Fifa is VARy confident about new AI technology for World Cup
President Gianni Infantino says a decision on the semi-automated technology will be made before the Doha tournament
Doha — World football governing body Fifa is confident semi-automated technology to assist with quicker video assistant referee (VAR) decisions could be ready for the World Cup in Qatar later this year, president Gianni Infantino said on Monday.
Trials on the AI technology will continue in the coming months but Infantino said there was significant progress.
“We tested it at the Club World Cup and it looks very good. We are very satisfied and we will take a decision before the tournament,” Infantino told a news conference in Doha after the meeting of the International Football Association Board (IFAB), which regulates the laws of the game.
Pierluigi Collina, chair of Fifa’s referees committee, added: “I’m confident it can go ahead.”
Semi-automated VAR, which will enable offside to be detected in seconds, uses automated ball detection and creates three-dimensional models of a player’s position instantly.
IFAB ratified, as expected, the use of five substitutes into the laws of the game. It was introduced as a tweak to the rules because of the Covid-19 pandemic but has now become permanent, though its use in different competitions will remain at the discretion of the body organising the matches.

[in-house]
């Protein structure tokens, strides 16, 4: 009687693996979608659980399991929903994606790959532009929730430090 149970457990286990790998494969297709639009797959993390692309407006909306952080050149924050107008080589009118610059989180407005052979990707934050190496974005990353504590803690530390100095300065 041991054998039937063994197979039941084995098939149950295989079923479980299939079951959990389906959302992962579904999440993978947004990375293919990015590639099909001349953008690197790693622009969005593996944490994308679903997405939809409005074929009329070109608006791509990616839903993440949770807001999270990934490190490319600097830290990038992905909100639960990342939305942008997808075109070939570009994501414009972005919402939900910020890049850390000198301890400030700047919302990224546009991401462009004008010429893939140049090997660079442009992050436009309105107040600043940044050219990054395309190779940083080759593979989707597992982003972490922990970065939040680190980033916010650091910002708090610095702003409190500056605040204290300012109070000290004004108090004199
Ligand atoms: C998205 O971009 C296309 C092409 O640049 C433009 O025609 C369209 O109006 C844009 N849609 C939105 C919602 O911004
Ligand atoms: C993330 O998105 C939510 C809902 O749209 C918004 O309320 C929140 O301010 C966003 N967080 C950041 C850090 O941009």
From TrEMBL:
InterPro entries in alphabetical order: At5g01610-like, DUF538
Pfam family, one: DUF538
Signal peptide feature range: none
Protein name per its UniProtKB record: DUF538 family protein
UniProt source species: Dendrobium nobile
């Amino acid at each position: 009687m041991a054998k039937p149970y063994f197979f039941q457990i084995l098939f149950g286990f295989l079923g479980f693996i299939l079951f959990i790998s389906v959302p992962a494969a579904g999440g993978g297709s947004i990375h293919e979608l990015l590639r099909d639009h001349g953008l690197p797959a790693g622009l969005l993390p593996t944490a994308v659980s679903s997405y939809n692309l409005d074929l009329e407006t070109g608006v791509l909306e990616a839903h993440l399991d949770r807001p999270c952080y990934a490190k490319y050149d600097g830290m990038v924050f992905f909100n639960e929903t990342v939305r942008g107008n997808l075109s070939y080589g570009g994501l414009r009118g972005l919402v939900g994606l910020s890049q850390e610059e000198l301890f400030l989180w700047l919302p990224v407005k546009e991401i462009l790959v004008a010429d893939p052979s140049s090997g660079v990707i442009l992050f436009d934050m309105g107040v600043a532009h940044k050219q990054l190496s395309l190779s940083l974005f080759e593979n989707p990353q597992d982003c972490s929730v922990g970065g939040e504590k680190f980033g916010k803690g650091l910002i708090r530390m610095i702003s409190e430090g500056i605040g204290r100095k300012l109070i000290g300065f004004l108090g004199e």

The English Premier League, for example, had allowed five substitutes when the idea was floated by Fifa in May 2020 but reverted to three subs for the past two seasons. It has, however, agreed to five substitutes being permitted from next season.
It was also decided to increase the maximum number of substitutes on the bench from 12 to 15 — again at the discretion of the competition organising body. These changes come into effect on July 1.
The IFAB also discussed attacks on referees and the possibility of body cameras being worn, which would act as a deterrent as well as for collecting evidence.
“Referees will profit from the possible protection [from attacks], which sadly still take place in many parts of the world,” Infantino said. “We have attacks on them from players, officials, spectators and parents and we have to be very firm in that respect.”
He said more trials on tweaking the offside law and making decisions less marginal would continue in junior tournaments in Italy, the Netherlands and Sweden.
Finding ways for better timekeeping would be tested. “It is not acceptable that a game of 90 minutes [can] actually only have the ball in play for 47-48 minutes on average. We have to look into that,” Infantino added.
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